The state has been busy this week on actions addressing GenX!
Here’s a quick rundown …
NC Dept. of Environmental Quality (DEQ) issued Chemours a 60-day notice requiring they do one of the following by April 27, 2018:
- respond to the NC Division of Air Quality (DAQ) in writing and demonstrate to DAQ’s satisfaction that emissions of GenX compounds from the Fayetteville Works under current conditions do not cause or contribute to violations of the groundwater rules; or
- respond to DAQ in writing and demonstrate to DAQ’s satisfaction that emissions of GenX compounds under alternate conditions proposed by Chemours will not cause or contribute to violations of the groundwater rules.
If Chemours does not submit a timely response or if DAQ finds their response unsatisfactory, DAQ will proceed with modification of the Permit to prohibit emissions of GenX compounds, effective on the date of the modification.
DEQ filed an amended complaint and motion for preliminary injunctive relief against the Chemours Company in Bladen County Superior Court requesting Chemours be required to:
- Remove, treat or control air emissions of GenX Compounds such that they no
longer cause or contribute to any violation of North Carolina’s groundwater
- Remove, treat, or control all other sources of GenX Compounds such that they
no longer cause or contribute to any violation of North Carolina’s groundwater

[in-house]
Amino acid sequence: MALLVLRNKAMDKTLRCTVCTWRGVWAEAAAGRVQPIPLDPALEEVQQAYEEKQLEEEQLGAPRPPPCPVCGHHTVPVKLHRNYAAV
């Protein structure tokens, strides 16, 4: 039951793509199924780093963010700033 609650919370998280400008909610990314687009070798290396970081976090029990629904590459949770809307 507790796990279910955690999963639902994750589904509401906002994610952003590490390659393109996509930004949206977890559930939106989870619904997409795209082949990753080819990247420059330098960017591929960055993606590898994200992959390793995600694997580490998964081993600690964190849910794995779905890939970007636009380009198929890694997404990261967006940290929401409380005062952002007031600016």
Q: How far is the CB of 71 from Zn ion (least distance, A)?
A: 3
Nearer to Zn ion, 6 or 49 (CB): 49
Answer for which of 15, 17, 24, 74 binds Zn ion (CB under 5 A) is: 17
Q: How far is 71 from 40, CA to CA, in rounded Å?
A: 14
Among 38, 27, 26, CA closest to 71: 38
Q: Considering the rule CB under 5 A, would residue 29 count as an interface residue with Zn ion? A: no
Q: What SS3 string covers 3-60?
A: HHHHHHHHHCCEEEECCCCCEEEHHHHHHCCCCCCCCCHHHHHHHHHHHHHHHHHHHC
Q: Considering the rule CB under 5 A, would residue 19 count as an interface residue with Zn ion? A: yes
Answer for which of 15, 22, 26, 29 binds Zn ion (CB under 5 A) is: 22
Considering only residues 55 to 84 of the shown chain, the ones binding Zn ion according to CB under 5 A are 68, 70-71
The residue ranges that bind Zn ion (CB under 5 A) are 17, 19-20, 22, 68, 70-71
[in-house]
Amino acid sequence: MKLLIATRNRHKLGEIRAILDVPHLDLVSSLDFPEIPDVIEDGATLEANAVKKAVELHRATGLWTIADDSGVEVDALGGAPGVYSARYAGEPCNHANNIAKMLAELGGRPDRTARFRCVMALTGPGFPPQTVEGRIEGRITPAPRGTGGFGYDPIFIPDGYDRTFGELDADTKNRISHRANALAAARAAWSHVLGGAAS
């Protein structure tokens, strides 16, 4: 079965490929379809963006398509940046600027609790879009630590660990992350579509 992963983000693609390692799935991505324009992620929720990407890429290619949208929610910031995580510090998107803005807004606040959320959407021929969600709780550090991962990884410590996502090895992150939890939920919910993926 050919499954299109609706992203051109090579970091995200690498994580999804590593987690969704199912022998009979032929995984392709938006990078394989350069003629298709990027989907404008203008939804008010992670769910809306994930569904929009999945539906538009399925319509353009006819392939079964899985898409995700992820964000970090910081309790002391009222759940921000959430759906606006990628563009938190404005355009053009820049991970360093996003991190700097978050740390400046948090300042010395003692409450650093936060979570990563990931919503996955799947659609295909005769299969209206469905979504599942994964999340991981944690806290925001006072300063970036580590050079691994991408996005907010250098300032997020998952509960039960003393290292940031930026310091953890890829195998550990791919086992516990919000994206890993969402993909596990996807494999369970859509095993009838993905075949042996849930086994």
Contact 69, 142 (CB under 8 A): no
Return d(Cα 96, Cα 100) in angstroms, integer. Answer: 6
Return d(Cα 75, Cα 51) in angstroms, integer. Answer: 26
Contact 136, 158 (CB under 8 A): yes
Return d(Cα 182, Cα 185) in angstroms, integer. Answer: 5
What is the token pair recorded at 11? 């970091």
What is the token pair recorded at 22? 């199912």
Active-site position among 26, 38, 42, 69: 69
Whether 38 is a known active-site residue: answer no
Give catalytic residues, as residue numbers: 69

- Prohibit the discharge of Chemours’ process wastewater until such time as DEQ
issues a NPDES permit with appropriate limits authorizing such discharge or
otherwise authorizes such activities;
- Provide a full accounting of the discharge of process wastewater to the Nafion
Ditch and any other unpermitted discharges; and
- Cease and abate all ongoing violations of North Carolina’s water and air quality
The “Nafion Ditch” mentioned above is described in the injunction request as follows:
“Upon information and belief, for an unknown period of time Chemours also discharged process wastewater containing PFAS of currently unknown concentrations and in currently unknown quantities into an open ditch, commonly called the Nafion Ditch, thereby bypassing the wastewater treatment plant and discharging directly into Outfall 002 and the Cape Fear River in violation of N.C. Gen. Stat. § 143-215.1 and the NPDES Permit [emphasis added].”
Governor Cooper released his short session budget recommending a total of $14.5 million for the Department of Environmental Quality (DEQ) and Department of Health and Human Services (DHHS) to address the safety and quality of North Carolina’s water and environment. The release notes that “…since 2013, DEQ has seen 77 positions eliminated from water quality and water resources, and a 45 percent reduction in water quality and water resources permitting, enforcement, and compliance staff, which has contributed to a backlog in permit requests.
“For comparison, North Carolina has 60 more water discharge facilities than South Carolina and 147 more discharge facilities than Kentucky, but each of those states has almost twice as many permit writers.”
The state-funded North Carolina Policy Collaboratory announced $430,000 in grants for three research projects to address emerging contaminants in North Carolina, including GenX.